How to Persuade an Atheist to Become Christian

This article is almost too ridiculous to take responding to seriously, but what the hell? It might be fun. What is for sure is, that while some Christians might take this seriously as a reliable and serious guide, no educated, thinking atheist would. I won’t take the time or blog space to respond to the entire article, but a few choice selections should suffice. Glory!

Conversion to Christianity is a beautiful thing that requires that the person believes in God and in Jesus as the way to salvation.

Conversion to Christian faith is not at all a “beautiful thing”. It is a tragedy that often leads to years of totally unnecessary fear, guilt, shame and ignorance. Not to mention clinical depression often caused by needless fears over an imaginary religious concept called “sin” or over needless fears that one is not really “saved”, given the fact that there is no God and no such thing as “salvation”. Also, there is no such thing as “saved” or “lost”. That is a false distinction drawn by a demonstrably false religion.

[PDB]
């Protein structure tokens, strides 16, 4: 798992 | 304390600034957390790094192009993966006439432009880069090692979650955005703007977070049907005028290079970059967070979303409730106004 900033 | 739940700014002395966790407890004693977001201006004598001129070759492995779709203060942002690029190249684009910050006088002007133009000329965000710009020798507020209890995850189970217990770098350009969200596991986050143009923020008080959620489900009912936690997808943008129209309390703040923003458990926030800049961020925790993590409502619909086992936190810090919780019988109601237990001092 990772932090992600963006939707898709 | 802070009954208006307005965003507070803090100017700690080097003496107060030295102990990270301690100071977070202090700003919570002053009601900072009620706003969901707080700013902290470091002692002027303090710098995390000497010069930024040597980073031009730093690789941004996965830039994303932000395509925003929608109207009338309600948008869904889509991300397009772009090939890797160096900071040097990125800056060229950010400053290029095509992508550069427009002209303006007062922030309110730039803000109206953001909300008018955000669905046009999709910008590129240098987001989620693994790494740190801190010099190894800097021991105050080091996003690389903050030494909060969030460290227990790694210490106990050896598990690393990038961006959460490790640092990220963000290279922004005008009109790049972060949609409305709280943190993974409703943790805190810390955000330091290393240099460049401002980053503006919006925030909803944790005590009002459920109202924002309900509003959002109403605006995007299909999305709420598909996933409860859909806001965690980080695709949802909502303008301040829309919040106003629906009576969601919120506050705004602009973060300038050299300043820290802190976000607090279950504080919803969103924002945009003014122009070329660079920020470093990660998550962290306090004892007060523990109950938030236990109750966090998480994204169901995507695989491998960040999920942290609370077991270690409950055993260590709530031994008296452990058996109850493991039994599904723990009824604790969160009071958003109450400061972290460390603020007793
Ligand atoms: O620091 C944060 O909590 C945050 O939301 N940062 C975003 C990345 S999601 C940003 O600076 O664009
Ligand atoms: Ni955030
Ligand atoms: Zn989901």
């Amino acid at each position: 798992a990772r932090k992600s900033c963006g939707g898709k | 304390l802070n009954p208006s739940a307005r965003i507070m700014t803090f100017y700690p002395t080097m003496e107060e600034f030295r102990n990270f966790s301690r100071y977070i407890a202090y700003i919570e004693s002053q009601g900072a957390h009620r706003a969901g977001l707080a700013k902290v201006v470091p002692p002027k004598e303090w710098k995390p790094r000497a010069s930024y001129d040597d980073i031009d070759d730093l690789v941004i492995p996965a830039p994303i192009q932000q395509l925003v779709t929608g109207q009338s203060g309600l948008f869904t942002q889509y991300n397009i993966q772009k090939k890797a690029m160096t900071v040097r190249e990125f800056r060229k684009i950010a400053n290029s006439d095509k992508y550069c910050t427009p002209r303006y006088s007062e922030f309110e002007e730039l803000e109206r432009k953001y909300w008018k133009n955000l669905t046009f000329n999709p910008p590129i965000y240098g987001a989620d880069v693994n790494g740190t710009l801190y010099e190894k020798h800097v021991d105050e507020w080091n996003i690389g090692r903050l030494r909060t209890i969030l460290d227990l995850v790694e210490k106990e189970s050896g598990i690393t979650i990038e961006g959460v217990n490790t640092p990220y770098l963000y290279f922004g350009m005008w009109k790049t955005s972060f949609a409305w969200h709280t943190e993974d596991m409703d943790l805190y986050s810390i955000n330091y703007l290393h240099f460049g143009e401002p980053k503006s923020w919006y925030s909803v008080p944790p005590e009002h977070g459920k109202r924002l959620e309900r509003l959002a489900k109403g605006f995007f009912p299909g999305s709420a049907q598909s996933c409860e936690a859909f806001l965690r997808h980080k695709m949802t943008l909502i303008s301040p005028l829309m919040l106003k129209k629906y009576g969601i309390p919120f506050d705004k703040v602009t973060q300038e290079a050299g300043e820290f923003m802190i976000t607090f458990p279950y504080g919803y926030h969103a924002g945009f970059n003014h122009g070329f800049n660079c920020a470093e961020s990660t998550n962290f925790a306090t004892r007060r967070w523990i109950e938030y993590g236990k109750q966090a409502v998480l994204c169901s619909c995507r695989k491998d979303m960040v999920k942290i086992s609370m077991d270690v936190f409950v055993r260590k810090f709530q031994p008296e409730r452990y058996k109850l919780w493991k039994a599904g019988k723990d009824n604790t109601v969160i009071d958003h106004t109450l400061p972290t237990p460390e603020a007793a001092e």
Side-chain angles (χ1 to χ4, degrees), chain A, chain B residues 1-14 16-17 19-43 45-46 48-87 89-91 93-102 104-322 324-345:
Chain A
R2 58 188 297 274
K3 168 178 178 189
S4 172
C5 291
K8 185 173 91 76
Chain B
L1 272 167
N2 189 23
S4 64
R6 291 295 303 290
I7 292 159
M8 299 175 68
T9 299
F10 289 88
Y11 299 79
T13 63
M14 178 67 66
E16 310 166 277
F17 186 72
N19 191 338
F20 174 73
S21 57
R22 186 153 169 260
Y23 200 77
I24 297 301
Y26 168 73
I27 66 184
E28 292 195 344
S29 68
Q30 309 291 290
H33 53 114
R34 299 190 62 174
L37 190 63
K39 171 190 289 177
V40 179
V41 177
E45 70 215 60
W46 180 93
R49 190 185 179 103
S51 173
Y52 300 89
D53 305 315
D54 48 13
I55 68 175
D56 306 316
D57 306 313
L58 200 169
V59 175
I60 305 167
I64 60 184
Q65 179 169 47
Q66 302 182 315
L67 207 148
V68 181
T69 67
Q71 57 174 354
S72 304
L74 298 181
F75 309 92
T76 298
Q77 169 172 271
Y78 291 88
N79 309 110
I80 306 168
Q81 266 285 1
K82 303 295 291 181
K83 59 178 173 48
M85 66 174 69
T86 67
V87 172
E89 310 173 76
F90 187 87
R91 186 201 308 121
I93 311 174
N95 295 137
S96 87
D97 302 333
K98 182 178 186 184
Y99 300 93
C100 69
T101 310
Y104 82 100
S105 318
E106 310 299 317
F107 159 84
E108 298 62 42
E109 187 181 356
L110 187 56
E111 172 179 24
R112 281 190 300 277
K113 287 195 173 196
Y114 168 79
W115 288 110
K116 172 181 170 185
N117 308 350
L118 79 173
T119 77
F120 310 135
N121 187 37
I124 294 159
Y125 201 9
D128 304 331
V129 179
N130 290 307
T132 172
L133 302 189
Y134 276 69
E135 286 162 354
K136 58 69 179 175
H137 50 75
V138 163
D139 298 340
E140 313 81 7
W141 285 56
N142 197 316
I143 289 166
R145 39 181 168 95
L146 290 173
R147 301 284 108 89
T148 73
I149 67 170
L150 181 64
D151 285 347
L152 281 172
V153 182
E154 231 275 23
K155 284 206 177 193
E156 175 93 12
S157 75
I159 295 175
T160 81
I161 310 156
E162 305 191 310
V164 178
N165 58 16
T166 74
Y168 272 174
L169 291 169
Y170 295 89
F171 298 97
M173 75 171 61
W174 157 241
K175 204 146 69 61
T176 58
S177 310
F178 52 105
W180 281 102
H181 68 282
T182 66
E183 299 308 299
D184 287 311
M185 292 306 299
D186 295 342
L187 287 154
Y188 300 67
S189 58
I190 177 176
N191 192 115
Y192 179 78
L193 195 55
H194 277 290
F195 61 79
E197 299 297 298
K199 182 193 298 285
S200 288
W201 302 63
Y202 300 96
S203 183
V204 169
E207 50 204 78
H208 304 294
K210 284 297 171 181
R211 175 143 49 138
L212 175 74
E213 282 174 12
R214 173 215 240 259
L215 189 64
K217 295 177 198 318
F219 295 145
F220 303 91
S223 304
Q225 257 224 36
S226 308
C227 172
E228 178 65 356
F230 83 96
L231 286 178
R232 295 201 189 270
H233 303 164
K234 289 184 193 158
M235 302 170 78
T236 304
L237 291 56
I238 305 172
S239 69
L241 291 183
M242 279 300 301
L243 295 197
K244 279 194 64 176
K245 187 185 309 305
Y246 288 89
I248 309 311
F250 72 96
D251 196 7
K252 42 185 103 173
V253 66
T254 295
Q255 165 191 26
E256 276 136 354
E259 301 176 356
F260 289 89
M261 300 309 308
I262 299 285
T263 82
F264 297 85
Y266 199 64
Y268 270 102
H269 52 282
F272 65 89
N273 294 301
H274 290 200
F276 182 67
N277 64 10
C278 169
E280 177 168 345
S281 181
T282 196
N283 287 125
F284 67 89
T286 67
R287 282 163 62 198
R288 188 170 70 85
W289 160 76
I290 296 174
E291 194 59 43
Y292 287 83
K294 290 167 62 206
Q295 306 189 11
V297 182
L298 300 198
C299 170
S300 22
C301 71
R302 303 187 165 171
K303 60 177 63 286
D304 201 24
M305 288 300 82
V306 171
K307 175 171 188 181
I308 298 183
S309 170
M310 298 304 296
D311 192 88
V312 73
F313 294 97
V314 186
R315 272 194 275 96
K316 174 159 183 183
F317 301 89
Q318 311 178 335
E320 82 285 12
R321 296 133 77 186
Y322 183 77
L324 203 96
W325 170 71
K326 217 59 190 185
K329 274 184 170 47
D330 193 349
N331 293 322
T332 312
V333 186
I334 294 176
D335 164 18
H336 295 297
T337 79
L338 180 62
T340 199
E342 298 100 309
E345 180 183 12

Remember that Jesus doesn’t try to argue his way into an unwilling mind or soul. He simply loves unconditionally, forgiving sin of believers by God’s grace, through faith, not of works lest any should boast; it is the gift of God. Rather than trying to convert someone to religious beliefs, simply love them unconditionally, realizing Jesus said: “Neither do I condemn you — go and sin no more!” It’s that simple kind of concept that can introduce Jesus’ non-condemning approach to life. Then as you need to show Bible based good news to other people, here are some step-by-step approaches. Avoid working straight through a religious agenda.